Japan Pressures China On Professor Detained For ‘Spying’

Japan’s Prime Minister Shinzo Abe (R) shakes hands with China’s Vice President Wang Qishan at the Akasaka State Guesthouse in Tokyo on October 23, 2019. Japan pool via Jiji Press / JIJI PRESS / AFP

Prime Minister Shinzo Abe on Wednesday pressed China’s visiting vice president over the case of a Japanese professor detained by Beijing reportedly on allegations of spying.

Tokyo confirmed this week a Japanese man in his 40s has been held by Chinese authorities since September on suspicion of violating Chinese laws, without specifying the details.

Japanese media have identified him as a professor from Hokkaido University who is being detained on suspicion of spying.

Abe “strongly demanded a positive response from China regarding the detention of a Japanese national” when he met Wang Qishan on Wednesday, Chief Cabinet Secretary Yoshihide Suga told reporters.

He gave no further details on the exchange.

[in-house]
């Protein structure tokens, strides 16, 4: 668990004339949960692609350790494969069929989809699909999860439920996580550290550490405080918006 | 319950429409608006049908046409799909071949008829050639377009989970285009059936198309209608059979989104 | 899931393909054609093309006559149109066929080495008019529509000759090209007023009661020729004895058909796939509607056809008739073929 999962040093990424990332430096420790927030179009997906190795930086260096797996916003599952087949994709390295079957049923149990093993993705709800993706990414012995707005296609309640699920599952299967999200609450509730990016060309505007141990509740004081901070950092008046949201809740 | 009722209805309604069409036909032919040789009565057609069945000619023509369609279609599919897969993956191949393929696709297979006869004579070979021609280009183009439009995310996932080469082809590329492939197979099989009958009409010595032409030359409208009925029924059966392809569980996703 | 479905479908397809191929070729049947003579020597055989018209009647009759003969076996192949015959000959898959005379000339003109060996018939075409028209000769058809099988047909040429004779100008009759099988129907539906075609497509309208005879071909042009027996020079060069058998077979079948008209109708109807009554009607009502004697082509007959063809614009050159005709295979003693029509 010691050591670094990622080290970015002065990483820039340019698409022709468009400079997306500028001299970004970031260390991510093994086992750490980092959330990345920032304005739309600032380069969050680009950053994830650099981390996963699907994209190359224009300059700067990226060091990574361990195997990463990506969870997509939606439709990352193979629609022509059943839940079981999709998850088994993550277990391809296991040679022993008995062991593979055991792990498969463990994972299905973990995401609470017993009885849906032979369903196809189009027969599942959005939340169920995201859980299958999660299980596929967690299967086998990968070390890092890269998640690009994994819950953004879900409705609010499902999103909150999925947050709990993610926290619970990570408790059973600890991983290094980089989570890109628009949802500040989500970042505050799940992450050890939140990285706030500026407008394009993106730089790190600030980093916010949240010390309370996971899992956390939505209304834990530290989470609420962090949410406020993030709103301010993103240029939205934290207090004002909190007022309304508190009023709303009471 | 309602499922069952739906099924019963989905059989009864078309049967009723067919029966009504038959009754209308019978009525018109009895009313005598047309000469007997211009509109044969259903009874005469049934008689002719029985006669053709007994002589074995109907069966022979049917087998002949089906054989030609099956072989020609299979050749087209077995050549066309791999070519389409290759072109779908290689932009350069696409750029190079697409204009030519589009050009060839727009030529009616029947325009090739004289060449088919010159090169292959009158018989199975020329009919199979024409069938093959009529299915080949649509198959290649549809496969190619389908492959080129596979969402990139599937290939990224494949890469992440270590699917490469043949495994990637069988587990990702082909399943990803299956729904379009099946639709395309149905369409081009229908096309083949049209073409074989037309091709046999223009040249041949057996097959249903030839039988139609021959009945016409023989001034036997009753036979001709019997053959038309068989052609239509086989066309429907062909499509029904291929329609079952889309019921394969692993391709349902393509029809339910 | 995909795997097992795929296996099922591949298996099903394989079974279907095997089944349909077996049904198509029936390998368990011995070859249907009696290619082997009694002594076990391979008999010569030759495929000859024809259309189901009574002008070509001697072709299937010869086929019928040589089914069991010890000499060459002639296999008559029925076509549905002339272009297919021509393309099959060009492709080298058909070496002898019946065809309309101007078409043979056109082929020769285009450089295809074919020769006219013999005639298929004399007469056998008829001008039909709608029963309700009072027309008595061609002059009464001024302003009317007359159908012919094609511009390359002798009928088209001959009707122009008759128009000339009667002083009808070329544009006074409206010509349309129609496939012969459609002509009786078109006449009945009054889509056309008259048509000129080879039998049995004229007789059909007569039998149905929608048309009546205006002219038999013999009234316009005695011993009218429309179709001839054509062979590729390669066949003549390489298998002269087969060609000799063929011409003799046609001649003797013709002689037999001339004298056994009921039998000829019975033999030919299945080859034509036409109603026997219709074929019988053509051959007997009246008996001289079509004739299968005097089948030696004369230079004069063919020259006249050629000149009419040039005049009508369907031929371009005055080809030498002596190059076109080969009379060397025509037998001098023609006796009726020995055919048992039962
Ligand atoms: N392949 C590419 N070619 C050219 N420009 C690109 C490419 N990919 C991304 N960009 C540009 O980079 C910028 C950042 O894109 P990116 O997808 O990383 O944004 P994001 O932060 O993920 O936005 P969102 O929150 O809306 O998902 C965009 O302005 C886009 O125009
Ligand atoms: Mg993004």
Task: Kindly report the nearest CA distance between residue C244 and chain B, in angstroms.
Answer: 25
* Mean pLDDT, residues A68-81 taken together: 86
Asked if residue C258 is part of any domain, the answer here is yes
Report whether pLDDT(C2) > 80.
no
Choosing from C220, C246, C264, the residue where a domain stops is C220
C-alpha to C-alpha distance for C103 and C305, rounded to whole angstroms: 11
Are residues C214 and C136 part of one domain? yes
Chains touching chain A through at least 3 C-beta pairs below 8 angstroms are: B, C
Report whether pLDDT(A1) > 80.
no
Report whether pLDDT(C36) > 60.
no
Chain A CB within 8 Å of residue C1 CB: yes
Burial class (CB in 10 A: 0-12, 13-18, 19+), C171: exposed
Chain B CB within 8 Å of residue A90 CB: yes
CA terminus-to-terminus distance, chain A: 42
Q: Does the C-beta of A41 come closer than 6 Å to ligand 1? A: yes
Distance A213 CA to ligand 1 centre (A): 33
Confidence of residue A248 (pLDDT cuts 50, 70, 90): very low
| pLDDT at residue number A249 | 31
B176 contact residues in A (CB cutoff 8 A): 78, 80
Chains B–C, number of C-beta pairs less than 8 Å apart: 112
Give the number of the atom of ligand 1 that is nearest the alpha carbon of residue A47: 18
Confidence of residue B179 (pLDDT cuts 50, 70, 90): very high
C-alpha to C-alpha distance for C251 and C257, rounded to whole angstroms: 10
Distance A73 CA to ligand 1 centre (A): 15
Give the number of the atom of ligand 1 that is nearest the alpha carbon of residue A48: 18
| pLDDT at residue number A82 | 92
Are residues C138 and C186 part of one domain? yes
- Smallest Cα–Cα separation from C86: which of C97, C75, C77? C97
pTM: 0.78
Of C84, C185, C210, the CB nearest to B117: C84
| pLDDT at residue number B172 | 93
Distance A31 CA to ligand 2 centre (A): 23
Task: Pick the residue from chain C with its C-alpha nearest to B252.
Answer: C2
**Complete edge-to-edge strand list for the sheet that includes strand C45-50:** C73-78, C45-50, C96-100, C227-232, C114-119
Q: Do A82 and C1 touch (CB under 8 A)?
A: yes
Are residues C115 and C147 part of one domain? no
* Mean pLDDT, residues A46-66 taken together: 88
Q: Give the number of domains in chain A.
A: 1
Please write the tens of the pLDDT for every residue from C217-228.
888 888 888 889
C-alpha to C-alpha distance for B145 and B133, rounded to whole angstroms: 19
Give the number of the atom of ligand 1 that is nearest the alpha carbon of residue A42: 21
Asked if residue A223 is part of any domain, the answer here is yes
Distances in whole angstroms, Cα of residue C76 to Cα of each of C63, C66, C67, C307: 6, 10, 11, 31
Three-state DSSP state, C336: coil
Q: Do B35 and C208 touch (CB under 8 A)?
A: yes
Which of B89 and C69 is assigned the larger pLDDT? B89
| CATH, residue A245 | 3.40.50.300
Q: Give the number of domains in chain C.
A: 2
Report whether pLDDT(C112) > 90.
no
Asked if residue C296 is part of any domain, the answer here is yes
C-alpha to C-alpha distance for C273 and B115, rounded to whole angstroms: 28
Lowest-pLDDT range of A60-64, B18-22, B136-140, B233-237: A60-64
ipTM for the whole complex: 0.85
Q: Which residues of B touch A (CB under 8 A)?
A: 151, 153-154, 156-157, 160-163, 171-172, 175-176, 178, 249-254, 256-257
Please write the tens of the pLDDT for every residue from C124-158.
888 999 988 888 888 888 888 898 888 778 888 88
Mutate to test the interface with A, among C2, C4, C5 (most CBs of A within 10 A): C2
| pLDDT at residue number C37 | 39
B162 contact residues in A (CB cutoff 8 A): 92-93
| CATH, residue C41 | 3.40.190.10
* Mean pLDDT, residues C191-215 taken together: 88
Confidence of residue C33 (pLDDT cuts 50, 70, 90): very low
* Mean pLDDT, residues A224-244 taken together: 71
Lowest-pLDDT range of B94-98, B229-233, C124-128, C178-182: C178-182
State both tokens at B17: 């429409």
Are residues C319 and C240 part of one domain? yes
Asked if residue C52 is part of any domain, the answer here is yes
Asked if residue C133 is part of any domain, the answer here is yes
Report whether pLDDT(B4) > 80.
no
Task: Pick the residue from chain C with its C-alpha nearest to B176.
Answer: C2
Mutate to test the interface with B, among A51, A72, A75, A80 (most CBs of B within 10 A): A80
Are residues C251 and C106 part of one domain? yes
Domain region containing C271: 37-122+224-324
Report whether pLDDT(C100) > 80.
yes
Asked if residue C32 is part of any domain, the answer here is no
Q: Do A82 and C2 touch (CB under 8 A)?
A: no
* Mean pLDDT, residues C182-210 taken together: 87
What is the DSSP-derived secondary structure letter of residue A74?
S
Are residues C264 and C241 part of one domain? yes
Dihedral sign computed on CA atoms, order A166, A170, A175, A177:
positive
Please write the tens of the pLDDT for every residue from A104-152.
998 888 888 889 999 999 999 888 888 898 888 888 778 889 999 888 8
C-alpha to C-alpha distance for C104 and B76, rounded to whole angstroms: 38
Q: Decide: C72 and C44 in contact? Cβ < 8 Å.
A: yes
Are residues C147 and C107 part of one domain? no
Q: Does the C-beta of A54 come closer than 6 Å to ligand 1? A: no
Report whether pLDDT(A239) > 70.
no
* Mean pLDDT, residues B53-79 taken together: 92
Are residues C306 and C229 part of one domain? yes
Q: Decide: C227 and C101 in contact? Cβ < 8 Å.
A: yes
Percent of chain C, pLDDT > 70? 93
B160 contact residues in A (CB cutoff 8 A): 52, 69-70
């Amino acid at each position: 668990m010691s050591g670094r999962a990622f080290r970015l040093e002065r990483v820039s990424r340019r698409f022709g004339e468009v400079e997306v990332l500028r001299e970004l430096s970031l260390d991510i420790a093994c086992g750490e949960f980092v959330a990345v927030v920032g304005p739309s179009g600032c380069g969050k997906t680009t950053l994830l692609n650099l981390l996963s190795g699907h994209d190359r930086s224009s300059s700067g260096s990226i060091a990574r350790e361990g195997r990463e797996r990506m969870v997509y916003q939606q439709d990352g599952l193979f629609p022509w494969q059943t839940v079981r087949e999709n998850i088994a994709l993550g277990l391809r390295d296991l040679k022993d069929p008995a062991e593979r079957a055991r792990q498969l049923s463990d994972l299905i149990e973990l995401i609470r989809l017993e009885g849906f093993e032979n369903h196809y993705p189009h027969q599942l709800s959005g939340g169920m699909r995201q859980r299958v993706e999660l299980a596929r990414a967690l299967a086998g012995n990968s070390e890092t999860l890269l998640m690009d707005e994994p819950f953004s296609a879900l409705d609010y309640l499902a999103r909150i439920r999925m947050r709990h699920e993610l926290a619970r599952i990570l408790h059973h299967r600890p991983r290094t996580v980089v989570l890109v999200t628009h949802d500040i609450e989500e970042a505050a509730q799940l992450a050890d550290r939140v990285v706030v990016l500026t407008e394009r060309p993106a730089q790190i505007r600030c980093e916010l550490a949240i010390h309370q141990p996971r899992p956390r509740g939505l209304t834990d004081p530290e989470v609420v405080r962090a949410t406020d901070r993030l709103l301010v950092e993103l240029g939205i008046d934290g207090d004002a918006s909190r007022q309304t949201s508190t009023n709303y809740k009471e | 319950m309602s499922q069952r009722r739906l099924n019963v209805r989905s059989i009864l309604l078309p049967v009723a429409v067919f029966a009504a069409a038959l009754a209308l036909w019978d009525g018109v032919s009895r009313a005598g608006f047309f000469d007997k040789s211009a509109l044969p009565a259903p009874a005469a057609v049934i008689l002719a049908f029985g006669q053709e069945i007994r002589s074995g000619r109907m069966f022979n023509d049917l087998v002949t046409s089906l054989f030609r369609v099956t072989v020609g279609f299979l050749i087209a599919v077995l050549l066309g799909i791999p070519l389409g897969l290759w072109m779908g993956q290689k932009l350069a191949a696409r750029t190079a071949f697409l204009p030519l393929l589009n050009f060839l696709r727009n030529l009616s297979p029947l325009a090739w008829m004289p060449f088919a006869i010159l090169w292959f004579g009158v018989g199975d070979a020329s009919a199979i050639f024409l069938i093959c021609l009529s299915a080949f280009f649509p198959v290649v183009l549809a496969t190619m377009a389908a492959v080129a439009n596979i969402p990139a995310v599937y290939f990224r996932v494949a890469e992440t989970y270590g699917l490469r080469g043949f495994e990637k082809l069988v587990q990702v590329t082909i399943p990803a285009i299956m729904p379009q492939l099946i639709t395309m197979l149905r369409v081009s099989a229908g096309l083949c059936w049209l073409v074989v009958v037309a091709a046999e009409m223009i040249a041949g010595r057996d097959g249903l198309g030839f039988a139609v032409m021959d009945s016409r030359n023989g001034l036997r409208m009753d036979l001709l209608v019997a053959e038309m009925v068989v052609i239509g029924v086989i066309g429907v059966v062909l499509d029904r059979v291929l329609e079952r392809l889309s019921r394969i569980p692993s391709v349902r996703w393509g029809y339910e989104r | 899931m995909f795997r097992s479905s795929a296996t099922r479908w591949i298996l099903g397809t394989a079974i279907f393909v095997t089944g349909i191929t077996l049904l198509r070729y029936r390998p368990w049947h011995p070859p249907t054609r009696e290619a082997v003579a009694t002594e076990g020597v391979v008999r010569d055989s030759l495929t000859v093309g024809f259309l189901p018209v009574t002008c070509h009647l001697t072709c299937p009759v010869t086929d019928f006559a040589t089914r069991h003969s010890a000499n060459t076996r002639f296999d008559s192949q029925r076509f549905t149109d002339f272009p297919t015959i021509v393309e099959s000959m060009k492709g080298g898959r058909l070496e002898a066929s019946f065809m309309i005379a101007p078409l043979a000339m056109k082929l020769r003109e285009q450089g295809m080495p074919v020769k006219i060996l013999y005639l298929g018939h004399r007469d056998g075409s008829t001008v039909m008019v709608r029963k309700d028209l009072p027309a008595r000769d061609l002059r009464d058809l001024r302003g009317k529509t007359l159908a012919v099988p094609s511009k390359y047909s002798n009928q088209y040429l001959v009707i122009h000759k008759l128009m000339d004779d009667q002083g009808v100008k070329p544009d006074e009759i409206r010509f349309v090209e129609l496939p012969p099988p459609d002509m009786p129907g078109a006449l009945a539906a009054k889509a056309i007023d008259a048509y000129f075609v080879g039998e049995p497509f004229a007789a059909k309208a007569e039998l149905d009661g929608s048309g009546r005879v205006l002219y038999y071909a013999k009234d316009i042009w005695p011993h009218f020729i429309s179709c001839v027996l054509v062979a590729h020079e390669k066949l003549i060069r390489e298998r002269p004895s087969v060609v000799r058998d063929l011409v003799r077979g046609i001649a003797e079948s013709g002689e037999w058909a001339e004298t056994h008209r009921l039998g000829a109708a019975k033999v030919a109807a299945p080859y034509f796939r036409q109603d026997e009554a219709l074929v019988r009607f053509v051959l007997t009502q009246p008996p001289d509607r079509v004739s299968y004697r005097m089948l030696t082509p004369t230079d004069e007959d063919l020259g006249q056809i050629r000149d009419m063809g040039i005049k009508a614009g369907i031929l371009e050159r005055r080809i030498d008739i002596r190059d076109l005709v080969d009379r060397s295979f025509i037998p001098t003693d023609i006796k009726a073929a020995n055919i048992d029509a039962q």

The man, who has not been named, worked previously for the National Institute for Defense Studies in the defence ministry and the Japanese foreign ministry, according to local media reports.

On Monday, Chinese foreign ministry spokeswoman Hua Chunying said she did not know the details of the case, but that China “has always handled foreign nationals suspected of breaking China’s law, in accordance with the law”.

Hua said the detention was a “one-off case”.

“We hope that the Japanese side can remind its citizens to respect China’s laws and regulations and avoid engaging in illegal activities in China,” she added.

Beijing has faced accusations of using detentions of foreigners as a political tool, and observers have called it “hostage diplomacy”.

In 2017, China detained six Japanese citizens for alleged “illegal activities.”

Since 2015, at least 13 Japanese citizens — all civilians — have been detained in China on various charges including espionage, Japan’s Kyodo News and the Asahi Shimbun reported.

Tokyo’s ties with Beijing have been at times strained by rows over history and territorial disputes but have been improving recently, with President Xi Jinping expected to visit Japan early next year.


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